Archaeologists have discovered a paleoobject that they have identified as the oldest mine in American history. The object is a mine that was used by the Paleo-Indians about 13 thousand years ago to extract red ocher.
The study was published in the journal Proceedings of the National Academy of Sciences, and Phys.org briefly talks about it. Archaeological excavations have been carried out in eastern Wyoming. Back in 1986, traces of an ancient object were discovered here. However, only now archaeologists have managed to carry out field work. The results showed that a paleoobject is indeed located in this area.
The expedition members managed to unearth an ancient mine, which, as analysis showed, was used by people to extract red ocher. The development of this mine began almost 13 thousand years ago, which makes it the oldest object of its kind in the Americas. This site was named Powars II. It is located near the town of Sunrise in Plath County.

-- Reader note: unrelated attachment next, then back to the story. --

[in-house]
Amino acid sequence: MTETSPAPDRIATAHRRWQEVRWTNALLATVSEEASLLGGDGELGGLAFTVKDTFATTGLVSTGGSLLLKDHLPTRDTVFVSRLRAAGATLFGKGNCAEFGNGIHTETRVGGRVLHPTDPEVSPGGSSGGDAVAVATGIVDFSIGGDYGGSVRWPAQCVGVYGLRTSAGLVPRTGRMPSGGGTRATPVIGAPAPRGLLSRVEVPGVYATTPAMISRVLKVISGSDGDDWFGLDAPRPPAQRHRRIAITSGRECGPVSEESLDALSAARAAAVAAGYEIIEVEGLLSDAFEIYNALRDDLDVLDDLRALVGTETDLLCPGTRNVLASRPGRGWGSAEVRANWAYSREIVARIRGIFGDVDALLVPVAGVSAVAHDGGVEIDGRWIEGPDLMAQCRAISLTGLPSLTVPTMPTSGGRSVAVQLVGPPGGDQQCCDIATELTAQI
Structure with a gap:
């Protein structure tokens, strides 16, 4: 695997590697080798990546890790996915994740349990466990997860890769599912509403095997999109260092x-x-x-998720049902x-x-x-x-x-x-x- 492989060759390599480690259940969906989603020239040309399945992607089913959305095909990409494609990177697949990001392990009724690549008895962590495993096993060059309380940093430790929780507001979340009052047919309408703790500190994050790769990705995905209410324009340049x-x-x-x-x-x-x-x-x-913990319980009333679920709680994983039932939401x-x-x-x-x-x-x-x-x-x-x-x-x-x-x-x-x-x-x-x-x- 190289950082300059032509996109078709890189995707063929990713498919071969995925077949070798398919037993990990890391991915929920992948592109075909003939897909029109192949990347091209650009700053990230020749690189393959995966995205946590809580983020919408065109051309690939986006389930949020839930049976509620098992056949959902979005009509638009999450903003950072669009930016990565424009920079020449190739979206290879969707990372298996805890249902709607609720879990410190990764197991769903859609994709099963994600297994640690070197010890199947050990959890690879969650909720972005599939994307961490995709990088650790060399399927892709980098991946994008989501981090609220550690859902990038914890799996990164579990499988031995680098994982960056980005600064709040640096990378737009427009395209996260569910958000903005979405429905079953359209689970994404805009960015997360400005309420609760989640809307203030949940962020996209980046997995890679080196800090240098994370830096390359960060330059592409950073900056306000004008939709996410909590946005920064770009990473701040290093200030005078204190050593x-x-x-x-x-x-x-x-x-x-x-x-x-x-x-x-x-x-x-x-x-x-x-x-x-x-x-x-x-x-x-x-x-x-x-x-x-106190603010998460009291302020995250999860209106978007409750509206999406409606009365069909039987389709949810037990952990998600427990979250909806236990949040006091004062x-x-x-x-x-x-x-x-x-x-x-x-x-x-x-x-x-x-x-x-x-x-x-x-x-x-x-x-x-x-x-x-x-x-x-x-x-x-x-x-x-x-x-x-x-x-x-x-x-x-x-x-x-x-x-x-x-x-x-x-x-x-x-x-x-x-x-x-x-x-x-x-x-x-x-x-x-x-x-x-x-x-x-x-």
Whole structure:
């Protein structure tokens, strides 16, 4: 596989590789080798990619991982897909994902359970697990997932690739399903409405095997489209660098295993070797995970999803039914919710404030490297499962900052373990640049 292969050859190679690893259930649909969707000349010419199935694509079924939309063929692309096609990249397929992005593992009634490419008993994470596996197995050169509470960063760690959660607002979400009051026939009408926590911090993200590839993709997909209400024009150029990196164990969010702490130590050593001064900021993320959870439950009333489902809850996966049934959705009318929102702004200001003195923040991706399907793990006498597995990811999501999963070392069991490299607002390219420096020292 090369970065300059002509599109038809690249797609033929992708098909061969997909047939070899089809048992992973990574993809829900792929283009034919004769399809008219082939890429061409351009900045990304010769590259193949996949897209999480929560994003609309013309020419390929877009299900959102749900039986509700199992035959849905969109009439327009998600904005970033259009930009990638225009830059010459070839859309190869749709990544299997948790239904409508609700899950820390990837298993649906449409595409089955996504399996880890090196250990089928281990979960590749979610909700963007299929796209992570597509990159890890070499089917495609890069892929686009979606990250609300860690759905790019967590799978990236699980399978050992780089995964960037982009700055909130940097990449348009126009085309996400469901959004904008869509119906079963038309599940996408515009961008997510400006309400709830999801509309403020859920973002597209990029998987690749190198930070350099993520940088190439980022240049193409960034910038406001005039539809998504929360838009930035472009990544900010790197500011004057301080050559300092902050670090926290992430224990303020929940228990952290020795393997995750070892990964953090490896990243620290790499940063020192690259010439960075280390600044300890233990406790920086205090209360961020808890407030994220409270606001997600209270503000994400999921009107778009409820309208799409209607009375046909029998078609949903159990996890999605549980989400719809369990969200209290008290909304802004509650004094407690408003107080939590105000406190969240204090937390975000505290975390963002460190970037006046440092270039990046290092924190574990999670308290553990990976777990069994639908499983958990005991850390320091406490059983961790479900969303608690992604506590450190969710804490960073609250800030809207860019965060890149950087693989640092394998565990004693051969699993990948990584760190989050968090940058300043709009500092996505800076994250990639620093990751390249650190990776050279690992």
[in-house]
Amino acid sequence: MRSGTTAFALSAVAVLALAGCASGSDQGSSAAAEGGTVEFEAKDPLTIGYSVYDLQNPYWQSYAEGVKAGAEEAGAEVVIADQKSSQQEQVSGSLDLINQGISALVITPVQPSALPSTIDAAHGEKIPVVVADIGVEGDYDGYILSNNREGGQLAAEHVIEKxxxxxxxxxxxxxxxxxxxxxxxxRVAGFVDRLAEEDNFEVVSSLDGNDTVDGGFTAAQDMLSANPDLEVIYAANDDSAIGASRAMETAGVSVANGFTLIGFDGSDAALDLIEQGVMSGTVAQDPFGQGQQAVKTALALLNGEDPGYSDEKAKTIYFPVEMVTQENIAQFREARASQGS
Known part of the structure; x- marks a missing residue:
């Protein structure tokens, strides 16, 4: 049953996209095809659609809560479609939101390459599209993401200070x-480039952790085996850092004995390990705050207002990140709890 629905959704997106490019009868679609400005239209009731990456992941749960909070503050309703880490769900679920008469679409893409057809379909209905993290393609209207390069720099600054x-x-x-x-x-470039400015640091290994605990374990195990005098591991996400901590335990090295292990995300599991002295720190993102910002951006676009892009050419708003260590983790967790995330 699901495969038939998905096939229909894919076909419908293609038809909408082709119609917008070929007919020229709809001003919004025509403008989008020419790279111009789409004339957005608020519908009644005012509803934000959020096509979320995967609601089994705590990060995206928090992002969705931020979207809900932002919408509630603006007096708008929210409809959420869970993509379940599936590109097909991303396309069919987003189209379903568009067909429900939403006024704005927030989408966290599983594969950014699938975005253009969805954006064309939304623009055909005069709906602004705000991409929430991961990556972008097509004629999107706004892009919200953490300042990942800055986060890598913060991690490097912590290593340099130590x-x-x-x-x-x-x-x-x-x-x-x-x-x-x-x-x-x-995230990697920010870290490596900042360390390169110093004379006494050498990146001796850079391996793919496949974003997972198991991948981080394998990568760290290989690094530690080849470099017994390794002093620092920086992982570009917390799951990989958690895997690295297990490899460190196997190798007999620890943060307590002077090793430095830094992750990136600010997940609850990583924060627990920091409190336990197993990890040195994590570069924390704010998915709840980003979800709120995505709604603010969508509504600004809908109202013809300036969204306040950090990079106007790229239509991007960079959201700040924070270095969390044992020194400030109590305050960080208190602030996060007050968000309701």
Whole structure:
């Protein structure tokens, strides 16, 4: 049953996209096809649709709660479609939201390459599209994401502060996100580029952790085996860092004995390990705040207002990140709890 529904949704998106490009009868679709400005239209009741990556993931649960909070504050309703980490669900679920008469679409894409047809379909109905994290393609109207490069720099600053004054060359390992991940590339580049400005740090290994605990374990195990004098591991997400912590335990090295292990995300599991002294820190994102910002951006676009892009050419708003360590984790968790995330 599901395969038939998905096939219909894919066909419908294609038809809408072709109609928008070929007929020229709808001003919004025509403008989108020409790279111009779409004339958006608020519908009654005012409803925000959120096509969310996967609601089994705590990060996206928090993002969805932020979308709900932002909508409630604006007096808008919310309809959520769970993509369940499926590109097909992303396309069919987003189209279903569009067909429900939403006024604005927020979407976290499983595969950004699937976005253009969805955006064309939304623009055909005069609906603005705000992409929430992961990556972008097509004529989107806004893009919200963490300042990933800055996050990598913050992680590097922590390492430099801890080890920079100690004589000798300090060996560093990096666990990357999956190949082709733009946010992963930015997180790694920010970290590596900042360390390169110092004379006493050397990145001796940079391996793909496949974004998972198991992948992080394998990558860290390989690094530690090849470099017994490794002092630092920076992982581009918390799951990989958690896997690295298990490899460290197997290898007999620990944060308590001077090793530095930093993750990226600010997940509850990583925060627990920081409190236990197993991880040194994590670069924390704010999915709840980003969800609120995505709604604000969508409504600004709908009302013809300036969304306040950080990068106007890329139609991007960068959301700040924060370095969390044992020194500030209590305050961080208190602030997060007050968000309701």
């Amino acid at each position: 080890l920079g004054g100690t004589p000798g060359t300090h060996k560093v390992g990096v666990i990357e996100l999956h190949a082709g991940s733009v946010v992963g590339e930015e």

“We have solid evidence that the early Paleo-Indians began using the site as early as 12,840 years ago and continued to use it for about 1,000 years,” said archaeologist Spencer Pelton, head of the study. “It is encouraging that we were finally able to confirm the significance of the Powars II site after decades of work by many archaeologists.”
Red ocher, also known as hematite, was highly sought after by peoples around the world in prehistoric times. This natural dye was widely used as a pigment for rock art and religious rituals. Throughout North America, it has been found in ancient graves, caches, settlements, and even battlefields in the Great Plains, the Rocky Mountains, and beyond.
The Powars II site is to date the only red ocher open pit found in North American territories other than Mexico. And this is only the fifth such mine discovered in all of America. During the excavations, archaeologists also found artifacts of the culture of Clovis, which is believed to be the oldest civilization in North America. In particular, stone arrowheads, tools and shell beads were found.